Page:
Nick Chong · 11 hours ago · 2 min read
News › Bitcoin › China › Adoption
Bank of China publishes infographic explaining why Bitcoin is valuable and how its value keeps increasing
Yesterday the #BankofChina posted up an article about #Bitcoin. They explained how $BTC works, why the price is going up, and why it’s valuable. Never thought I’d see that happen. 😅 #Bullish pic.twitter.com/GKzj7XJjJa
— Samson Mow (@Excellion) July 27, 2019
An infographic on the bank’s website illustrates how Bitcoin came into existence, beginning with the release of its whitepaper in November 2008. The Bank of China’s website also notes that the first 50 Bitcoins were mined in early 2009 when the genesis block was produced.
Bank of China explains why Bitcoin’s value continues to rise
The bank’s infographic also points out that Florida resident Laszlo Hanyecz paid 10,000 BTC in 2010 for two pizzas. After covering basic information about Bitcoin, the Bank of China noted that Facebook is developing its own cryptocurrency, Libra.
According to the bank, Bitcoin’s value continues to appreciate due to its limited supply of 21 million, and it may serve as a store of value, especially for citizens of countries suffering from high levels of inflation.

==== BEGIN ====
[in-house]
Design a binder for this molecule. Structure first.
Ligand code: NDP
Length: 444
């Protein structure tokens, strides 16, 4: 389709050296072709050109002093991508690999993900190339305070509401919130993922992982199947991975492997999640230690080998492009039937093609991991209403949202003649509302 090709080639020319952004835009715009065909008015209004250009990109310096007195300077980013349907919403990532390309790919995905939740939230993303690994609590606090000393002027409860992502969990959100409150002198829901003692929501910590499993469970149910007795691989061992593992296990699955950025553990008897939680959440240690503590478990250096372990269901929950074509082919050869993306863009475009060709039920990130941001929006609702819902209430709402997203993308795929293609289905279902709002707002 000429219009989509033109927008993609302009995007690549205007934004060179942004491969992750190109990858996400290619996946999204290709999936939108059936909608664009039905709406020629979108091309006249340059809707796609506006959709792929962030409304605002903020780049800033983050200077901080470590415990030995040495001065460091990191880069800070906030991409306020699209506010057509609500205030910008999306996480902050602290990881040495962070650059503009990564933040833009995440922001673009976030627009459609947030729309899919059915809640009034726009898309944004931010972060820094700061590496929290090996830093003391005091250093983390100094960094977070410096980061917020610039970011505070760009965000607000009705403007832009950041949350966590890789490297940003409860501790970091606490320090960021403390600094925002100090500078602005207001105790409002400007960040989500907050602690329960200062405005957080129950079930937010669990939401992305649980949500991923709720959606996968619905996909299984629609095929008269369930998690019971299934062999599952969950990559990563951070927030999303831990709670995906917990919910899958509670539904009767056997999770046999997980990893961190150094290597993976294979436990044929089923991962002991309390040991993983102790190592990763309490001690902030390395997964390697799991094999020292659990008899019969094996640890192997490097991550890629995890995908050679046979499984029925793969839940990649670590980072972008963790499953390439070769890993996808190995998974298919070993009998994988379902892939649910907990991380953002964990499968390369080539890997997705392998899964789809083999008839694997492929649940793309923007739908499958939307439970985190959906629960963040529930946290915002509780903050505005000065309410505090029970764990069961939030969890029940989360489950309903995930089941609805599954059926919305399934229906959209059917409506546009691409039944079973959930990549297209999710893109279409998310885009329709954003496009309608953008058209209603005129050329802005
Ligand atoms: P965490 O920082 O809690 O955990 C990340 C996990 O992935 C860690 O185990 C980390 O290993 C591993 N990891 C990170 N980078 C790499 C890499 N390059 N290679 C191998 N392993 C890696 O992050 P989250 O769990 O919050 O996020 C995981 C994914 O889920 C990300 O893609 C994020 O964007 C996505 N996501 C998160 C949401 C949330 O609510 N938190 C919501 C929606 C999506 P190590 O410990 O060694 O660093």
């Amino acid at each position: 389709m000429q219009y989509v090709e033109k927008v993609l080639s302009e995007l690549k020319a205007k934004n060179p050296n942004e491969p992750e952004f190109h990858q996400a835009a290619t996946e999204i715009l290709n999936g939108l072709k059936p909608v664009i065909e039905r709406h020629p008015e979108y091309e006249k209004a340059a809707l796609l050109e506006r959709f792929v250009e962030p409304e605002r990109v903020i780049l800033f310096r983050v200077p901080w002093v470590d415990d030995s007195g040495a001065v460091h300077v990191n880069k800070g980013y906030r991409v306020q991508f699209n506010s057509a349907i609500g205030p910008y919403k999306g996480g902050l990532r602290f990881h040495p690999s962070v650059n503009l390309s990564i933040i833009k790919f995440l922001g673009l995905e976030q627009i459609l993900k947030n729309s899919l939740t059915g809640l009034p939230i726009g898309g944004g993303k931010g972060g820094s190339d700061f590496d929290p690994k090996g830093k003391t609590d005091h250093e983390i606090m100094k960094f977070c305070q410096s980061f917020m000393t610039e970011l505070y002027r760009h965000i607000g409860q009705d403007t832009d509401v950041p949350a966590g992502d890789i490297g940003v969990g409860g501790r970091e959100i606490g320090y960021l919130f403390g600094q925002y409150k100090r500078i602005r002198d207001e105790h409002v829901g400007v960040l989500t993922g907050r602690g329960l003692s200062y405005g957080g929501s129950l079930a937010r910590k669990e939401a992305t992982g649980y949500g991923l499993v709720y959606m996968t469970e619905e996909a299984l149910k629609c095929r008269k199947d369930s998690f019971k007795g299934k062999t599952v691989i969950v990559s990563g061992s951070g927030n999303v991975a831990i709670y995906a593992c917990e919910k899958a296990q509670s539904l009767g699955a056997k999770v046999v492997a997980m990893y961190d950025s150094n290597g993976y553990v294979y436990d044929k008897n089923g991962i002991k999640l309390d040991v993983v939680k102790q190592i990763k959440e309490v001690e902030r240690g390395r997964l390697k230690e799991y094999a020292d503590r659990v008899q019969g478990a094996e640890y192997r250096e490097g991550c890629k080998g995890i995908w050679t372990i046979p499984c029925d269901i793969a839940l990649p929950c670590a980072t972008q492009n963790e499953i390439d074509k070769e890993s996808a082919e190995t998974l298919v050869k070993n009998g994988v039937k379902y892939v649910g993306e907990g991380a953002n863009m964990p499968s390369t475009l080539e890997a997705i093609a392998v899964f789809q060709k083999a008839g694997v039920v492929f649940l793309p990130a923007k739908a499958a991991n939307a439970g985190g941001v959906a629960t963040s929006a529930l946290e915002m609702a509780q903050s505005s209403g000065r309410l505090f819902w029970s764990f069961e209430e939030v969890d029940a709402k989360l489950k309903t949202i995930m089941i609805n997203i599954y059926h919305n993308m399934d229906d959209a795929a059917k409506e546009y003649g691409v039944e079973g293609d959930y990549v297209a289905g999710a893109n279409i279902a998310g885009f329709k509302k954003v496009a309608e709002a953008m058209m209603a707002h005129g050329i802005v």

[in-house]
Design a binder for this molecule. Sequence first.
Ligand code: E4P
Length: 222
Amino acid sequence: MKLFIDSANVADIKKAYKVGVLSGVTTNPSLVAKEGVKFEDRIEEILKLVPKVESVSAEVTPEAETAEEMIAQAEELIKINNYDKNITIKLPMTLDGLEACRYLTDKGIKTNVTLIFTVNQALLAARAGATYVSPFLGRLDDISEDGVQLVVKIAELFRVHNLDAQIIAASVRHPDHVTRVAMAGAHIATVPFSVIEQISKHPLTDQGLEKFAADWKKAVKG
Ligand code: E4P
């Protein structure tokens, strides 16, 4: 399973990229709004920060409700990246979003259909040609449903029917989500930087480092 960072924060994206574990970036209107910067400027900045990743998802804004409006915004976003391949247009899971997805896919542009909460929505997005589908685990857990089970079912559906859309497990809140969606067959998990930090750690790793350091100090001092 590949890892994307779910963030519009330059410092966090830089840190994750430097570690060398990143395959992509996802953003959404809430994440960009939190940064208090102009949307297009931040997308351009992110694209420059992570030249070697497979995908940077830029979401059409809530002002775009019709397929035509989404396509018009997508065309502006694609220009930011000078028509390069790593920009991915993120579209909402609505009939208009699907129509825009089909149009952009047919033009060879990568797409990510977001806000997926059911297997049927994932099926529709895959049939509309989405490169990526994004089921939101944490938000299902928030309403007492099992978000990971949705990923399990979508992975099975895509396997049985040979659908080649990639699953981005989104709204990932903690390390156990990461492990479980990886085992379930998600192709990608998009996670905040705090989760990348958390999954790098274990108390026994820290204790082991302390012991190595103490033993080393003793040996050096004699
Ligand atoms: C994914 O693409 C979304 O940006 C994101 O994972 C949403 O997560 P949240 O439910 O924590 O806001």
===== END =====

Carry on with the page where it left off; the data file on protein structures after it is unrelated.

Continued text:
Bitcoin is “virtual property”
On July 18, a court in Hangzhou, China clarified that Bitcoin qualifies as “virtual property”, which reaffirmed the nation’s stance that it’s legal to own the pseudonymous cryptocurrency. The court also said that bitcoin holders are entitled to legal protection in disputes.
A study published by CoinShares in late 2018 revealed that approximately 60 percent of Bitcoin’s hashpower is generated in China. Meanwhile, researchers at Diar found that unregulated local crypto exchanges handled 60 percent of the world’s USDT trading volume.
While Chinese citizens may continue to find alternative ways to engage in crypto trading, the digital assets industry has been severely restricted by the nation’s authorities. In September 2017, China’s government placed a ban on local cryptocurrency exchanges and initial coin offerings (ICOs).
Due to these restrictions, Chinese residents may hold digital assets but might not have a convenient way to exchange their holdings for fiat currencies.
Chinese Bitcoin miners steal $3 million worth of electricity
China’s reserved stance toward cryptocurrencies may partially be attributed to a large number of scams and other illegal activities associated with them. On July 12, the Guardian reported that Chinese police officials had uncovered an illicit mining operation that was running on stolen electricity.
As detailed in the incident report, the miners had stolen $3 million worth of electricity to illegally mine Bitcoin. Authorities in Zhenjiang, a city located in eastern Jiangsu province, confiscated nearly 4,000 units of mining hardware from the illegal operation.
Update July 27 @ 10:16 pm Pacific time: A previous version of this article stated that the Bank of China was a central bank, which it is not. The article has been updated to reflect this fact.